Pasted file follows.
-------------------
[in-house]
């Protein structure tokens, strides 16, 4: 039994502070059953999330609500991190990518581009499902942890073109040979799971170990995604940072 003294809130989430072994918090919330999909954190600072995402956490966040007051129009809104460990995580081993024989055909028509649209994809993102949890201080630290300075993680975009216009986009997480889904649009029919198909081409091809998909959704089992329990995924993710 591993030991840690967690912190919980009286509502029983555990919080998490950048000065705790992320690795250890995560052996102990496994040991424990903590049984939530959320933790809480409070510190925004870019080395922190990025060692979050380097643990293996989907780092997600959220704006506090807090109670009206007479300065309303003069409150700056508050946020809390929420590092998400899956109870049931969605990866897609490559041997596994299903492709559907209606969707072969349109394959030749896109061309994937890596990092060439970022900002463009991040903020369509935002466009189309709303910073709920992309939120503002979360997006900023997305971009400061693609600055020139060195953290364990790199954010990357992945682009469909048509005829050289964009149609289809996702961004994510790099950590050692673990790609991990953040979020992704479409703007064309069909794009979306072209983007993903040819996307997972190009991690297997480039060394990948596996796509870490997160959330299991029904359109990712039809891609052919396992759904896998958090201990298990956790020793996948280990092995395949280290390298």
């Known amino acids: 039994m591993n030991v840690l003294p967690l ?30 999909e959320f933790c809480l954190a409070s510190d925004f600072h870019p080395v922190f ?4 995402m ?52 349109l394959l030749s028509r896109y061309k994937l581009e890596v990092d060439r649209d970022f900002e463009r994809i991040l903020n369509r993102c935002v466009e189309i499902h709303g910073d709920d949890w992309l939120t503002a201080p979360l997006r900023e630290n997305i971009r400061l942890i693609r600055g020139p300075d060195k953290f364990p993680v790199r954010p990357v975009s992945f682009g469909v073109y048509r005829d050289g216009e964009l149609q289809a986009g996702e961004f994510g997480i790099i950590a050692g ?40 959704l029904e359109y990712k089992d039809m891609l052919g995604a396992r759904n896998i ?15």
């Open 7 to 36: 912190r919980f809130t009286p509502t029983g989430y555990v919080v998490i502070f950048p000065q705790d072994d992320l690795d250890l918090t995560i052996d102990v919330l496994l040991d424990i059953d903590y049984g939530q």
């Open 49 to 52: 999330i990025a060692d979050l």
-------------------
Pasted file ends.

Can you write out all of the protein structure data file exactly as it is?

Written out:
[in-house]
């Protein structure tokens, strides 16, 4: 039994502070059953999330609500991190990518581009499902942890073109040979799971170990995604940072 003294809130989430072994918090919330999909954190600072995402956490966040007051129009809104460990995580081993024989055909028509649209994809993102949890201080630290300075993680975009216009986009997480889904649009029919198909081409091809998909959704089992329990995924993710 591993030991840690967690912190919980009286509502029983555990919080998490950048000065705790992320690795250890995560052996102990496994040991424990903590049984939530959320933790809480409070510190925004870019080395922190990025060692979050380097643990293996989907780092997600959220704006506090807090109670009206007479300065309303003069409150700056508050946020809390929420590092998400899956109870049931969605990866897609490559041997596994299903492709559907209606969707072969349109394959030749896109061309994937890596990092060439970022900002463009991040903020369509935002466009189309709303910073709920992309939120503002979360997006900023997305971009400061693609600055020139060195953290364990790199954010990357992945682009469909048509005829050289964009149609289809996702961004994510790099950590050692673990790609991990953040979020992704479409703007064309069909794009979306072209983007993903040819996307997972190009991690297997480039060394990948596996796509870490997160959330299991029904359109990712039809891609052919396992759904896998958090201990298990956790020793996948280990092995395949280290390298």
């Known amino acids: 039994m591993n030991v840690l003294p967690l ?30 999909e959320f933790c809480l954190a409070s510190d925004f600072h870019p080395v922190f ?4 995402m ?52 349109l394959l030749s028509r896109y061309k994937l581009e890596v990092d060439r649209d970022f900002e463009r994809i991040l903020n369509r993102c935002v466009e189309i499902h709303g910073d709920d949890w992309l939120t503002a201080p979360l997006r900023e630290n997305i971009r400061l942890i693609r600055g020139p300075d060195k953290f364990p993680v790199r954010p990357v975009s992945f682009g469909v073109y048509r005829d050289g216009e964009l149609q289809a986009g996702e961004f994510g997480i790099i950590a050692g ?40 959704l029904e359109y990712k089992d039809m891609l052919g995604a396992r759904n896998i ?15």
């Open 7 to 36: 912190r919980f809130t009286p509502t029983g989430y555990v919080v998490i502070f950048p000065q705790d072994d992320l690795d250890l918090t995560i052996d102990v919330l496994l040991d424990i059953d903590y049984g939530q």
């Open 49 to 52: 999330i990025a060692d979050l």